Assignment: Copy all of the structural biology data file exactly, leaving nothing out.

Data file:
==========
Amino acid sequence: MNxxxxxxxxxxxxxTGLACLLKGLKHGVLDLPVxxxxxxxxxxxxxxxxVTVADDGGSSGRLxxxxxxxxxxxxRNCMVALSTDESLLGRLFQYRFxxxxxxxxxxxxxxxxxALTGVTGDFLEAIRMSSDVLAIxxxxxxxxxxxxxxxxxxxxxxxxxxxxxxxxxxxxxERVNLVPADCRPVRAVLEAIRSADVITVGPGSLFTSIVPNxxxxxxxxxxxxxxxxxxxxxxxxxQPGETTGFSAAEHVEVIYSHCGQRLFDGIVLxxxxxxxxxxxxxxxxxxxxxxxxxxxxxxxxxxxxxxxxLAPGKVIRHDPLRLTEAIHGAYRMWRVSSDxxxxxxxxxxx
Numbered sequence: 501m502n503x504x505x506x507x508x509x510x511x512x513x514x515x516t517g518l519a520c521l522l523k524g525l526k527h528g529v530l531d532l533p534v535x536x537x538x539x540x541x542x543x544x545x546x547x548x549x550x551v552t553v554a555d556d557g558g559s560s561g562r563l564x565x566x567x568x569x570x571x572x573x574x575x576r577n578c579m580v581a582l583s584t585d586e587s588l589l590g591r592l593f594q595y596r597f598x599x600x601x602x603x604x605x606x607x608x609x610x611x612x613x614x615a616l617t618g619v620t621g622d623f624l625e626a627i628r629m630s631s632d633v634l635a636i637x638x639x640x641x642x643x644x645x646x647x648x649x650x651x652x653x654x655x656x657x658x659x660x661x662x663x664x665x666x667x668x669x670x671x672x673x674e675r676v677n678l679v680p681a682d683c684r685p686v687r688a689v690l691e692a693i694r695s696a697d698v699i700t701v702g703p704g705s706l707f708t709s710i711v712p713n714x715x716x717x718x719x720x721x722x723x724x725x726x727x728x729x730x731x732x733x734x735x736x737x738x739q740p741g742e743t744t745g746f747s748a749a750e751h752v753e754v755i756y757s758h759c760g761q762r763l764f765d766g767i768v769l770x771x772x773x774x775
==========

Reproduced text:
Amino acid sequence: MNxxxxxxxxxxxxxTGLACLLKGLKHGVLDLPVxxxxxxxxxxxxxxxxVTVADDGGSSGRLxxxxxxxxxxxxRNCMVALSTDESLLGRLFQYRFxxxxxxxxxxxxxxxxxALTGVTGDFLEAIRMSSDVLAIxxxxxxxxxxxxxxxxxxxxxxxxxxxxxxxxxxxxxERVNLVPADCRPVRAVLEAIRSADVITVGPGSLFTSIVPNxxxxxxxxxxxxxxxxxxxxxxxxxQPGETTGFSAAEHVEVIYSHCGQRLFDGIVLxxxxxxxxxxxxxxxxxxxxxxxxxxxxxxxxxxxxxxxxLAPGKVIRHDPLRLTEAIHGAYRMWRVSSDxxxxxxxxxxx
Numbered sequence: 501m502n503x504x505x506x507x508x509x510x511x512x513x514x515x516t517g518l519a520c521l522l523k524g525l526k527h528g529v530l531d532l533p534v535x536x537x538x539x540x541x542x543x544x545x546x547x548x549x550x551v552t553v554a555d556d557g558g559s560s561g562r563l564x565x566x567x568x569x570x571x572x573x574x575x576r577n578c579m580v581a582l583s584t585d586e587s588l589l590g591r592l593f594q595y596r597f598x599x600x601x602x603x604x605x606x607x608x609x610x611x612x613x614x615a616l617t618g619v620t621g622d623f624l625e626a627i628r629m630s631s632d633v634l635a636i637x638x639x640x641x642x643x644x645x646x647x648x649x650x651x652x653x654x655x656x657x658x659x660x661x662x663x664x665x666x667x668x669x670x671x672x673x674e675r676v677n678l679v680p681a682d683c684r685p686v687r688a689v690l691e692a693i694r695s696a697d698v699i700t701v702g703p704g705s706l707f708t709s710i711v712p713n714x715x716x717x718x719x720x721x722x723x724x725x726x727x728x729x730x731x732x733x734x735x736x737x738x739q740p741g742e743t744t745g746f747s748a749a750e751h752v753e754v755i756y757s758h759c760g761q762r763l764f765d766g767i768v769l770x771x772x773x774x775